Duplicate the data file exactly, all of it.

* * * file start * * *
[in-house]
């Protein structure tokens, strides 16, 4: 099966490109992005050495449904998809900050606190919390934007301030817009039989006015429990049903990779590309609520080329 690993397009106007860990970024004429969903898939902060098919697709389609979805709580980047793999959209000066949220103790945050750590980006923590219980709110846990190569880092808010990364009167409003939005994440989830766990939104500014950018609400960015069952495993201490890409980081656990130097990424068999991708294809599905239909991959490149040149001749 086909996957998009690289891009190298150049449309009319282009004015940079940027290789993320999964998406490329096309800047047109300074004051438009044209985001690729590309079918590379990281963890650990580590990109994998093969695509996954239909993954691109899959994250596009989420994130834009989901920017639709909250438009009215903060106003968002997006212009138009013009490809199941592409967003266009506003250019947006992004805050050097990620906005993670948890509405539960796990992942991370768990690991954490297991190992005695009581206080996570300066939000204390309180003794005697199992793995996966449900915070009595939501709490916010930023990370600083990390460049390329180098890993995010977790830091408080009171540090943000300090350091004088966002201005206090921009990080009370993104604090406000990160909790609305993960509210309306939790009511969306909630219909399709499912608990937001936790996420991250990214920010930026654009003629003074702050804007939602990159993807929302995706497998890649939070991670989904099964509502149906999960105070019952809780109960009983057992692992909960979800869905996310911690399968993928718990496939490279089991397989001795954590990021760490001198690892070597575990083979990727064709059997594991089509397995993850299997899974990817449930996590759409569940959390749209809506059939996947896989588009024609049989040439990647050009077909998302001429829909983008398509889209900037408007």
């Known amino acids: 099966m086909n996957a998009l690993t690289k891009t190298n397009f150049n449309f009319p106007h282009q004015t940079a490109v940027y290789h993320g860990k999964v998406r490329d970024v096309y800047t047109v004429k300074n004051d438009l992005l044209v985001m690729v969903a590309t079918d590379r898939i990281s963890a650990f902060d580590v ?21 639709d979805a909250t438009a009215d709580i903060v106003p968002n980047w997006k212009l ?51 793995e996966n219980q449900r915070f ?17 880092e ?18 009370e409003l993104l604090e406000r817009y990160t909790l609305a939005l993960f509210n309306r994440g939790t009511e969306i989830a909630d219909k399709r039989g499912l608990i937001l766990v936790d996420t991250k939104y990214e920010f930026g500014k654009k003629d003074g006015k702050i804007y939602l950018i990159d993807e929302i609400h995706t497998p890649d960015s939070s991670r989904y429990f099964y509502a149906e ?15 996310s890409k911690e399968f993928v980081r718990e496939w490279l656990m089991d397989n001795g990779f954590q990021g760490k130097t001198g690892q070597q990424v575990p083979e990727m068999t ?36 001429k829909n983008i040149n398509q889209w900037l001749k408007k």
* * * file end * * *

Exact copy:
[in-house]
């Protein structure tokens, strides 16, 4: 099966490109992005050495449904998809900050606190919390934007301030817009039989006015429990049903990779590309609520080329 690993397009106007860990970024004429969903898939902060098919697709389609979805709580980047793999959209000066949220103790945050750590980006923590219980709110846990190569880092808010990364009167409003939005994440989830766990939104500014950018609400960015069952495993201490890409980081656990130097990424068999991708294809599905239909991959490149040149001749 086909996957998009690289891009190298150049449309009319282009004015940079940027290789993320999964998406490329096309800047047109300074004051438009044209985001690729590309079918590379990281963890650990580590990109994998093969695509996954239909993954691109899959994250596009989420994130834009989901920017639709909250438009009215903060106003968002997006212009138009013009490809199941592409967003266009506003250019947006992004805050050097990620906005993670948890509405539960796990992942991370768990690991954490297991190992005695009581206080996570300066939000204390309180003794005697199992793995996966449900915070009595939501709490916010930023990370600083990390460049390329180098890993995010977790830091408080009171540090943000300090350091004088966002201005206090921009990080009370993104604090406000990160909790609305993960509210309306939790009511969306909630219909399709499912608990937001936790996420991250990214920010930026654009003629003074702050804007939602990159993807929302995706497998890649939070991670989904099964509502149906999960105070019952809780109960009983057992692992909960979800869905996310911690399968993928718990496939490279089991397989001795954590990021760490001198690892070597575990083979990727064709059997594991089509397995993850299997899974990817449930996590759409569940959390749209809506059939996947896989588009024609049989040439990647050009077909998302001429829909983008398509889209900037408007």
């Known amino acids: 099966m086909n996957a998009l690993t690289k891009t190298n397009f150049n449309f009319p106007h282009q004015t940079a490109v940027y290789h993320g860990k999964v998406r490329d970024v096309y800047t047109v004429k300074n004051d438009l992005l044209v985001m690729v969903a590309t079918d590379r898939i990281s963890a650990f902060d580590v ?21 639709d979805a909250t438009a009215d709580i903060v106003p968002n980047w997006k212009l ?51 793995e996966n219980q449900r915070f ?17 880092e ?18 009370e409003l993104l604090e406000r817009y990160t909790l609305a939005l993960f509210n309306r994440g939790t009511e969306i989830a909630d219909k399709r039989g499912l608990i937001l766990v936790d996420t991250k939104y990214e920010f930026g500014k654009k003629d003074g006015k702050i804007y939602l950018i990159d993807e929302i609400h995706t497998p890649d960015s939070s991670r989904y429990f099964y509502a149906e ?15 996310s890409k911690e399968f993928v980081r718990e496939w490279l656990m089991d397989n001795g990779f954590q990021g760490k130097t001198g690892q070597q990424v575990p083979e990727m068999t ?36 001429k829909n983008i040149n398509q889209w900037l001749k408007k």